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How To Determine A Home's Value

by The Schuman Team
Price For A Home
How Much To Pay For That Home?

Determining the value of a home is a big challenge to both buyers and sellers.

Since the seller, by virtue of their list price, has already determined the price they feel their home is worth, we will focus on helping a buyer determine value.

 

WHO DETERMINES VALUE?

In simplest terms, a home is only worth what someone is willing to pay for it. In a perfect world, a buyer would find a home, tell the seller how much they want to pay for it, the seller would easily agree, and everyone would then hold hands and sing Kumbaya.

We all now this isn't how things work. Every buyer wants to pay as little as possible, and every seller wants as much as they can get. There is typically disagreement before an offer is even made.

For this reason, negotiating the price on a home is one of the more difficult transactions you will encounter. If you follow our tips below, this part of the process will be easier.

 

START WITH THE FACTS

There are 3 statistics that can be used to help determine value:

1. Price of Recent Sales ( Comps )

2. Average Price Per Square Foot

3. Percentage of List Price

Let's go over each one of these starting with comparable sales.  The best way to get value is to find recent similar sales ( same neighborhood, price point, sold within 6 months ) and compare them to the home you are buying. While it certainly helps if you have personally seen these homes when they were for sale, it isn't a must.

Start with the best recent sale and compare it to the home you want to buy. You should consider what the recent sale has/doesn't have and make appropriate adjustments.

For example, if you are looking at a home listed for $400,000 that has a 3 car garage, and the best recent sale was $375,000 but had only a 2 car garage, an adjustment would be appropriate of $10,000-$15,000. You can do the same thing with number of bedrooms, baths, and amenities such as finished basement.

While price per square foot is not the preferred method of determining value for an appraiser, it is sometimes helpful as a secondary method just to make sure you are in the ballpark.

For example, if homes are selling for an average of $150 / sq. ft. , with the range being $125-175, paying $185 may be excessive, unless there are compensating factors. Remember, we are talking about AVERAGE price/sq. foot, so if the home you are buying is above average in your opinion ( updates, superior finishes, etc...) than paying higher in the range would be acceptable.

Finally, seeing what homes sell for in terms of sale price/final list price ( it is typically 94-96% in most areas here in Cleveland ) will give you an idea of a range in which you could expect to pay for a home that you feel is priced fairly.

If homes are selling for 95% of the value, than in the example above, paying $380,000 for a $400,000 home would be realistic. That doesn't mean you couldn't buy it for less, or you wouldn't have to pay more, these figures are just used to help guide you.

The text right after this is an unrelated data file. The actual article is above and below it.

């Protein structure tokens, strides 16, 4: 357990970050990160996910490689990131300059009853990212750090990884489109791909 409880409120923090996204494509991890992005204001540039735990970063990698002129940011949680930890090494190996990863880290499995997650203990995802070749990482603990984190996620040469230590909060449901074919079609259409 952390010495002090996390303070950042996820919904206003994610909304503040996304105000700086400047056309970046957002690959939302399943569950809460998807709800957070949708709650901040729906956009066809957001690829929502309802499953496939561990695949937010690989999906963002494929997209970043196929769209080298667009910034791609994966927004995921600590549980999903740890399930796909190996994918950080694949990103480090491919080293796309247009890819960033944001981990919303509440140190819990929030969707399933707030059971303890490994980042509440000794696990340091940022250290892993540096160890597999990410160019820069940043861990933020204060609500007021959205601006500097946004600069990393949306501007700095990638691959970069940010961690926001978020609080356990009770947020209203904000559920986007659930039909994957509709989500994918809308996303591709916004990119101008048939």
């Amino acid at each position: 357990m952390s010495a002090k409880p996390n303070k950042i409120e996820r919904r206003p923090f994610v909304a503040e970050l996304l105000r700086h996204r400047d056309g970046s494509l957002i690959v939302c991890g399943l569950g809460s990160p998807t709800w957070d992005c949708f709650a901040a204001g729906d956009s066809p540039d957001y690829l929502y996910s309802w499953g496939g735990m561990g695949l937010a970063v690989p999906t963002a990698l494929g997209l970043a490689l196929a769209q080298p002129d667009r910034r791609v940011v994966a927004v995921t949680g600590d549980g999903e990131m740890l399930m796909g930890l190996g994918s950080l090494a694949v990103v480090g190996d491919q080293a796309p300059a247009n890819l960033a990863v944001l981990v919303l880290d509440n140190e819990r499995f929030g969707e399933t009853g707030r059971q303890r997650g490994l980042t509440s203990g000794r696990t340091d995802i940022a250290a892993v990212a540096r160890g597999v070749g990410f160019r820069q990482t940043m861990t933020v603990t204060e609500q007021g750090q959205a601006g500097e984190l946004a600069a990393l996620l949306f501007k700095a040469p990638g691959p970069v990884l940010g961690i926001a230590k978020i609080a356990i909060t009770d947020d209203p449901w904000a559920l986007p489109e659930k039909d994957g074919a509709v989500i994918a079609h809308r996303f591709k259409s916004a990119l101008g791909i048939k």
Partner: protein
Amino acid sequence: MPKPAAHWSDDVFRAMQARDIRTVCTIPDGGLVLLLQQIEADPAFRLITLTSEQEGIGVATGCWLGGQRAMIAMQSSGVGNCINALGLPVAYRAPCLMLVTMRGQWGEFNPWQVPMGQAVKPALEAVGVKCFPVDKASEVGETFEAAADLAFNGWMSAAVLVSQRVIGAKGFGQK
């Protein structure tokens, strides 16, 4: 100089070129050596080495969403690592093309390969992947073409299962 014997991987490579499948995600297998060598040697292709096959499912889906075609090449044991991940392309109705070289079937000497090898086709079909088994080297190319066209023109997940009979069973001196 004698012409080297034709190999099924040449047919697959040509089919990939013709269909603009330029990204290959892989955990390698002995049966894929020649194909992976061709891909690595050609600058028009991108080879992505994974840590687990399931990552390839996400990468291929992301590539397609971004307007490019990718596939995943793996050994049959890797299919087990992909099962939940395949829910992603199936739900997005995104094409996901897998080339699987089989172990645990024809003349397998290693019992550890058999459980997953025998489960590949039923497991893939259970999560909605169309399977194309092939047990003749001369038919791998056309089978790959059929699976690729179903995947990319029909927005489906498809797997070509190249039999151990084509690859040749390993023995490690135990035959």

GET RID OF THE NOISE

It is very easy for a buyer to get distracted and lose sight of the big picture.

There are many different personalities at play; buyers, sellers, agents, and often parents and friends who always want to put their two cents into the equation. Therefore, we recommend focusing on the numbers and following your instincts.

Having a knowledgeable agent to guide you is a major plus. However, at the end of the day, you are the one who ultimately makes the decisions, so you need to be comfortable with the process of determining value.

By following our advice, you will be on your way to figuring out a fair price for any home.

Is Earnest Money Important?

by The Schuman Team

 

earnest money check

When writing an offer, there are many factors that are considered to be important, such as price and closing dates. One of the often overlooked items that appear in the purchase agreement is earnest money, the topic of today's post.

DO YOU REALLY NEED IT?

First off, earnest money, or good faith money is not required in Ohio. However, it is a way to convey your commitment to purchasing a home and is expected by local sellers. Sometimes it can even make a difference in whether or not a seller accepts an offer.

Buyers always ask us how much they should offer. There is no set rule on this although we do recommend at least 1-2% of the purchase price. So, for example, earnest money on a $300,000 offer would be $3000-$6000. Again, there's no set rule on this and you could certainly go above or below this threshold if you'd like, it's just a gauge we use.

Some buyers, especially first timers, are always a little reluctant to give any money up front because they often don't understand how it works. There is actually very little risk in offering earnest money. The money is held by a third party, not given directly to the sellers. If for some reason the deal doesn't work out for a legitimate reason, the money gets returned to the buyers.

IT CAN MAKE A DIFFERENCE

Earnest money is a way to show your commitment and can actually be a deciding factor. I have been on the listing side of a transaction where we received two offers that were similar in price. The sellers felt that the buyer who offered a significant amount of earnest money was more serious and chose to work with them.  This may be a rare case, but is something not to be taken lightly.

When all is said and done, price is likely the most important thing to a seller. However, showing your strength as a buyer can make a difference so it's worthy to discuss earnest money with your agent

Displaying blog entries 1-2 of 2

Contact Information

The Schuman Team
HOWARD HANNA REAL ESTATE SERVICES
3550 Lander Road
Pepper Pike OH 44122
Dan: 216-346-3235
Amy: 216-403-9189
Fax: 216-456-2333